Pharynx - Anatomy, Physiology, Pain, Pathologies

Pharynx – Anatomy, Physiology, Pain, Pathologies

The pharynx (from the Greek pharugks, throat), is considered the crossroads between the airways (from the nasal cavity to the larynx) and the digestive tract (from the oral cavity to the esophagus).

Anatomy of the pharynx

Structure. The pharynx is a muscular and membranous duct subdivided into three segments:

  • Upper part: The nasopharynx, or nasopharynx, which communicates with the nasal cavities. It is also connected to the ears by the Eustachian tube or auditory tube.
  • Central part: The oropharynx, open towards the oral cavity, extends the nasopharynx and communicates downwards with the laryngopharynx.
  • Lower part: The laryngopharynx, or hypopharynx, connects the larynx and narrows funnel-shaped to the esophagus.

Presence of tonsilles. Known as tonsils, tonsils are involved in the body’s immune defense system. The pharynx houses several pairs of tonsils of which the most important and visible from the mouth are the palatal tonsils located at the oropharynx, to the right and left of the uvula.

Functions of the pharynx

Role in swallowing. The action of different muscles in the pharynx ensures the transit of food or liquids ingested from the mouth to the esophagus (2). In order to prevent their passage into the airways, the uvula and epiglottis will respectively have close access to the nasal cavity and larynx.

Respiratory function. The pharynx allows the passage of air between the nasal cavity and the larynx.

Role in phonation. The emission of vocal sound is due to the vibration of the vocal cords, located at the level of the larynx. The pharynx, rib cage, and oral and nasal cavities play the role of amplification and resonance.

Immune defenses. Home to tonsils, otherwise known as tonsils, the pharynx plays an essential role in immune defense, at the crossroads of the airways and digestive tracts.

Hearing. Connected to the eardrum by the Eustachian tube, the pharynx ventilates the middle ear.

Pathologies and pain of the pharynx

Sore throat. In the majority of cases, they are of viral origin. These symptoms may be associated with inflammation of the pharynx.

Pharyngitis. It refers to inflammation of the tissues of the pharynx that manifests as dryness and irritation of the throat. It is often caused by a viral or bacterial infection (4). It can also be non-infectious, caused in particular by exposure to allergens.

Angina. It corresponds to inflammation of the tonsils. We can talk about red or white angina depending on the appearance and color of the tonsils. It is often caused by a virus. In the case of a bacterial origin, it is caused by streptococcus.

Rhinopharyngitis. Inflammation of the nasopharynx is diagnosed if the inflammation of the pharynx also affects the nasal mucous membranes.

Cancer of the pharynx. It is usually associated with throat cancer and can occur at any level of the pharynx or larynx.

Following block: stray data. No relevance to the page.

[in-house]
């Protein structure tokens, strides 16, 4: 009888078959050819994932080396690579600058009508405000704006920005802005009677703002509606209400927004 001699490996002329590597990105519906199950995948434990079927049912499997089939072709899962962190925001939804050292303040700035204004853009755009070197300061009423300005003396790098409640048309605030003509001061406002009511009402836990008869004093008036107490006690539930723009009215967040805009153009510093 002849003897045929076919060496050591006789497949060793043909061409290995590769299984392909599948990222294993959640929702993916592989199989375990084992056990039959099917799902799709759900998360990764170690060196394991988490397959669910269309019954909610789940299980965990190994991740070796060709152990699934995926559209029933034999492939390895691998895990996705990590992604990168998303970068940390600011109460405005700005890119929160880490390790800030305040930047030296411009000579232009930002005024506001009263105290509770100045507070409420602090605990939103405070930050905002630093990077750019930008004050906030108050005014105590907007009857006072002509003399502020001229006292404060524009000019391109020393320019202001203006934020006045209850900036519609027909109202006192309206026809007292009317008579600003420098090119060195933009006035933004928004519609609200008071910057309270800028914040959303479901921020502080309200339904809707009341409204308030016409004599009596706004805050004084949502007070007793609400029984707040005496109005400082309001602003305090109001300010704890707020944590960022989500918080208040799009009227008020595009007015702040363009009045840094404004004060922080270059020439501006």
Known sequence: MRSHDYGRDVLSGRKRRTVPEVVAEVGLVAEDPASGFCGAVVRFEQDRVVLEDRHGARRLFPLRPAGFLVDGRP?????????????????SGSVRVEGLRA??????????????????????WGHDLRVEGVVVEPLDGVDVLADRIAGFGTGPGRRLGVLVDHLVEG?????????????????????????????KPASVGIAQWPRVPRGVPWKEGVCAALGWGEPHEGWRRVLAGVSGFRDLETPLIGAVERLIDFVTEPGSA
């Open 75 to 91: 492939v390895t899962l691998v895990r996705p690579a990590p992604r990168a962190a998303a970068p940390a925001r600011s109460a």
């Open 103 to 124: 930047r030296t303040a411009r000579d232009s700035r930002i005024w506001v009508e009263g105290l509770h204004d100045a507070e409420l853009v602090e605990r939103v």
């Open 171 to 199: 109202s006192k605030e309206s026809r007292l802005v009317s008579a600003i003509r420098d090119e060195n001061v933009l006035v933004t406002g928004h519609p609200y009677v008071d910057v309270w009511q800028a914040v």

Treatments and prevention of pharyngeal

Drug therapy. An antibiotic may be prescribed in the case of a bacterial infection. Analgesics may also be advised to relieve pain. Antiallergic treatment may be combined if an allergy is confirmed.

Pharyngectomy. In the most severe cases of cancer, removal of the pharynx may be done.

Radiotherapy. Cancer cells are destroyed by exposure to X6 rays.

Chemotherapy. Medications may be given to limit the spread of cancer.

Complementary solutions. For prevention or to relieve throat pain, homeopathic or herbal solutions can be used.

Examinations of the pharynx

Clinical examination. In the case of inflammation, observation of the throat (red throat) may be enough to establish the diagnosis.

Rapid screening test for strep throat. In order to detect a bacterial infection, the doctor takes a sample from the tonsils by rubbing a swab, a kind of cotton swab. This sample is then immersed in a “test solution” to reveal the presence of streptococcus.

Indirect laryngoscopy. It allows you to observe the throat using a small mirror placed at the back of the throat.

Direct laryngoscopy. Using a rigid, flexible tube introduced through the nose, the doctor can visualize the pharynx and larynx. This procedure can also be used to take a sample (biopsy) if the examination requires it.

Rhinofibroscopy. Performed under local anesthesia, this examination can visualize the nasal cavity, pharynx, and larynx.

Panendoscopy. Performed under general anesthesia, this examination allows the exploration of the oral cavity, pharynx, larynx, trachea, and esophagus.

Historical and symbolic pharynx

Hippocrates described the pharynx as the vestibule of the airways and digestive tracts.

Image Credit: Image by stefamerpik on Freepik

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